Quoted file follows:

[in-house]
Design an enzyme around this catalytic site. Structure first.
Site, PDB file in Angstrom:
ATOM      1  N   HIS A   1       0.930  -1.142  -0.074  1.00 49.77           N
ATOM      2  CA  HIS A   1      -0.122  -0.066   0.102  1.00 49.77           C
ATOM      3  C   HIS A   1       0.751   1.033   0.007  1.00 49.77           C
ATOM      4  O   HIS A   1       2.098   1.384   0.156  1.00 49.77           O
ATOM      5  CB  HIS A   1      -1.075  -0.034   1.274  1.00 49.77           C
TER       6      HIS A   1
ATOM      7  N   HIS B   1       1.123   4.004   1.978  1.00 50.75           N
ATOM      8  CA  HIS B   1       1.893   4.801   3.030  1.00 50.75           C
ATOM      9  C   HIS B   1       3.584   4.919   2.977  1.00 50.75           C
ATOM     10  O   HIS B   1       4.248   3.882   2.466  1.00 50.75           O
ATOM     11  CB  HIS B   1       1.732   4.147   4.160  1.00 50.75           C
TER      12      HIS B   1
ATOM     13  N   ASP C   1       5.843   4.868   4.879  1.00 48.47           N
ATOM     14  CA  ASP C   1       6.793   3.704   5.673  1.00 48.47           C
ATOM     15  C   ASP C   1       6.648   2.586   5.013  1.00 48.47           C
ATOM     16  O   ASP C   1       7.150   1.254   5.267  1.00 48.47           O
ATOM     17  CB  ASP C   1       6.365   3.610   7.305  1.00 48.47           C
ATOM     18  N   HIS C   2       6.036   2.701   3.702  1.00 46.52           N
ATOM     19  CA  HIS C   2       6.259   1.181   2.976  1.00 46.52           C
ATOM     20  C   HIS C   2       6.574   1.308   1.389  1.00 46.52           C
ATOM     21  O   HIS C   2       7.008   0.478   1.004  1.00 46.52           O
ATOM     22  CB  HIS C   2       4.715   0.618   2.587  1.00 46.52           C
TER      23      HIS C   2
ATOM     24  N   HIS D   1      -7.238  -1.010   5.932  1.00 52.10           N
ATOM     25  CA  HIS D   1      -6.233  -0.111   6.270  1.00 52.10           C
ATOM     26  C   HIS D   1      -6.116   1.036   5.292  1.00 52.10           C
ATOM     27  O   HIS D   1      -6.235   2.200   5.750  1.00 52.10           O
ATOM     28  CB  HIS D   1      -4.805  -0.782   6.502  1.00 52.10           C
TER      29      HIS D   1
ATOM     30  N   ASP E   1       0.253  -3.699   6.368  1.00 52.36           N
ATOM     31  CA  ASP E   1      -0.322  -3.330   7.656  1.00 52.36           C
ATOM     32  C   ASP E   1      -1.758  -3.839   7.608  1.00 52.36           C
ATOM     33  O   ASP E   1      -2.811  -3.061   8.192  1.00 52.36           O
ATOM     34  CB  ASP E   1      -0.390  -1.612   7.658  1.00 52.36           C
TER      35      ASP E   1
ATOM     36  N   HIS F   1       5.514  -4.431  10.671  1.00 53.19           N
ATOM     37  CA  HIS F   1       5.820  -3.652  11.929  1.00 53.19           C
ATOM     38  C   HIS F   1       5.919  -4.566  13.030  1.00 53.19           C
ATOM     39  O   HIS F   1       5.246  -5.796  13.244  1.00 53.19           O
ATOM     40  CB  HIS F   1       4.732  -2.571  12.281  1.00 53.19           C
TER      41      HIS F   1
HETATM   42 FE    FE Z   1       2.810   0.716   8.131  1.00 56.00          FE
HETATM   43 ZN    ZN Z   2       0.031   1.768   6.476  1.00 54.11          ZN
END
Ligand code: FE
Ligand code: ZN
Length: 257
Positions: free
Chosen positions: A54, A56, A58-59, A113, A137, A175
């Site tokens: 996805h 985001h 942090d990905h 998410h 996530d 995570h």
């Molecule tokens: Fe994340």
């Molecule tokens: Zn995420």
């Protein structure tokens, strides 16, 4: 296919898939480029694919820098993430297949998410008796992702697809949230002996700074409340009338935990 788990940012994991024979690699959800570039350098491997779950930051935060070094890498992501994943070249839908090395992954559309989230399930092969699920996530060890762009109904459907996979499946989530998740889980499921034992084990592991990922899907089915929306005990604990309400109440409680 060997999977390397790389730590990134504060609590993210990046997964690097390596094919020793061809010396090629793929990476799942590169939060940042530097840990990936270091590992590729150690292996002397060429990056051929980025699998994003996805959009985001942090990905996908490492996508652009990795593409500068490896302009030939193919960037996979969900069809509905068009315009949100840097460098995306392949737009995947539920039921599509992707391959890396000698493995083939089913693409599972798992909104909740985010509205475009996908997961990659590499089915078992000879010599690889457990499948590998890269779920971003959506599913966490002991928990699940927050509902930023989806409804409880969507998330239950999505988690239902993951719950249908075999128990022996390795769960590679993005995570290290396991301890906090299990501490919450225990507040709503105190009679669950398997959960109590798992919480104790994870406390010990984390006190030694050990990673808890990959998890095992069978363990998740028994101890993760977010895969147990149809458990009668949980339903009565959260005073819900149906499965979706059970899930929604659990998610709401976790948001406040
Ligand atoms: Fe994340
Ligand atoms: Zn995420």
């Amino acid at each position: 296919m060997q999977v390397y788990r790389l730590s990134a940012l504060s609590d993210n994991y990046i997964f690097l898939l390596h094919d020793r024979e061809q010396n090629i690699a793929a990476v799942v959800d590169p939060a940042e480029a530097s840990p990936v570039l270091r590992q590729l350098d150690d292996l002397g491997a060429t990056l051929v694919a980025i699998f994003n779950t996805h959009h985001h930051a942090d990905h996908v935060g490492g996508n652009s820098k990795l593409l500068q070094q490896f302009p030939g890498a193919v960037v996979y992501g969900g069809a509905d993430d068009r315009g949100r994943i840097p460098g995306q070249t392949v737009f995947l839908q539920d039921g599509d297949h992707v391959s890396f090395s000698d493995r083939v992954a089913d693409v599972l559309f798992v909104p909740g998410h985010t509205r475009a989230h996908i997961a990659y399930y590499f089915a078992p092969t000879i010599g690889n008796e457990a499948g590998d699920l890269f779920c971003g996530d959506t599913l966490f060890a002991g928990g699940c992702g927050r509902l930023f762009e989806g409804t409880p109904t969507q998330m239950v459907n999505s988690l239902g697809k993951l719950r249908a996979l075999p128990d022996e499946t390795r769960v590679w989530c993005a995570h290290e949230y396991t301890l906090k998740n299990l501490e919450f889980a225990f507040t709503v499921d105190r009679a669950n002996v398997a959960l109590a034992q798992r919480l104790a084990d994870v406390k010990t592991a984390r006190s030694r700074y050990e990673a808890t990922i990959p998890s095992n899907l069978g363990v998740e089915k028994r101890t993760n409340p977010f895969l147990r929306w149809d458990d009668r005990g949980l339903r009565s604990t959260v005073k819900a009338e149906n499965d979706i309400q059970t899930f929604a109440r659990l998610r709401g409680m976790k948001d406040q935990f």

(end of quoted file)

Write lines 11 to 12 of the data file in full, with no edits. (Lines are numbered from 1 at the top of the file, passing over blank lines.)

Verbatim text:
ATOM      8  CA  HIS B   1       1.893   4.801   3.030  1.00 50.75           C
ATOM      9  C   HIS B   1       3.584   4.919   2.977  1.00 50.75           C